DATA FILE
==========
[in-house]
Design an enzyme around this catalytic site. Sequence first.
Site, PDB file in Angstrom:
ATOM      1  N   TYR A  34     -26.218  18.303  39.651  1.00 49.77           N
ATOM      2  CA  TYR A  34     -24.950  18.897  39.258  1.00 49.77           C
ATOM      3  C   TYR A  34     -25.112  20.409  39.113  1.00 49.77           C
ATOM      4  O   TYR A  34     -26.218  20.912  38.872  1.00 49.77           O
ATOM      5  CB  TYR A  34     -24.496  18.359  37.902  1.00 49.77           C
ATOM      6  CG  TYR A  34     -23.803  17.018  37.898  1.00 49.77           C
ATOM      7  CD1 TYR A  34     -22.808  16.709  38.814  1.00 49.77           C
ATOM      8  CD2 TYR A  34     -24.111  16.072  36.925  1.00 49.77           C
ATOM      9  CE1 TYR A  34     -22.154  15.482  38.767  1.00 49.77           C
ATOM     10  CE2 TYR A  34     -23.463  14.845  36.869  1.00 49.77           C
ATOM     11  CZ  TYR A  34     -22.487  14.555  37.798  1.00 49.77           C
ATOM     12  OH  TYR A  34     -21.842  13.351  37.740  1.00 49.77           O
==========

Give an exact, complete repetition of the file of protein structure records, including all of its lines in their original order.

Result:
[in-house]
Design an enzyme around this catalytic site. Sequence first.
Site, PDB file in Angstrom:
ATOM      1  N   TYR A  34     -26.218  18.303  39.651  1.00 49.77           N
ATOM      2  CA  TYR A  34     -24.950  18.897  39.258  1.00 49.77           C
ATOM      3  C   TYR A  34     -25.112  20.409  39.113  1.00 49.77           C
ATOM      4  O   TYR A  34     -26.218  20.912  38.872  1.00 49.77           O
ATOM      5  CB  TYR A  34     -24.496  18.359  37.902  1.00 49.77           C
ATOM      6  CG  TYR A  34     -23.803  17.018  37.898  1.00 49.77           C
ATOM      7  CD1 TYR A  34     -22.808  16.709  38.814  1.00 49.77           C
ATOM      8  CD2 TYR A  34     -24.111  16.072  36.925  1.00 49.77           C
ATOM      9  CE1 TYR A  34     -22.154  15.482  38.767  1.00 49.77           C
ATOM     10  CE2 TYR A  34     -23.463  14.845  36.869  1.00 49.77           C
ATOM     11  CZ  TYR A  34     -22.487  14.555  37.798  1.00 49.77           C
ATOM     12  OH  TYR A  34     -21.842  13.351  37.740  1.00 49.77           O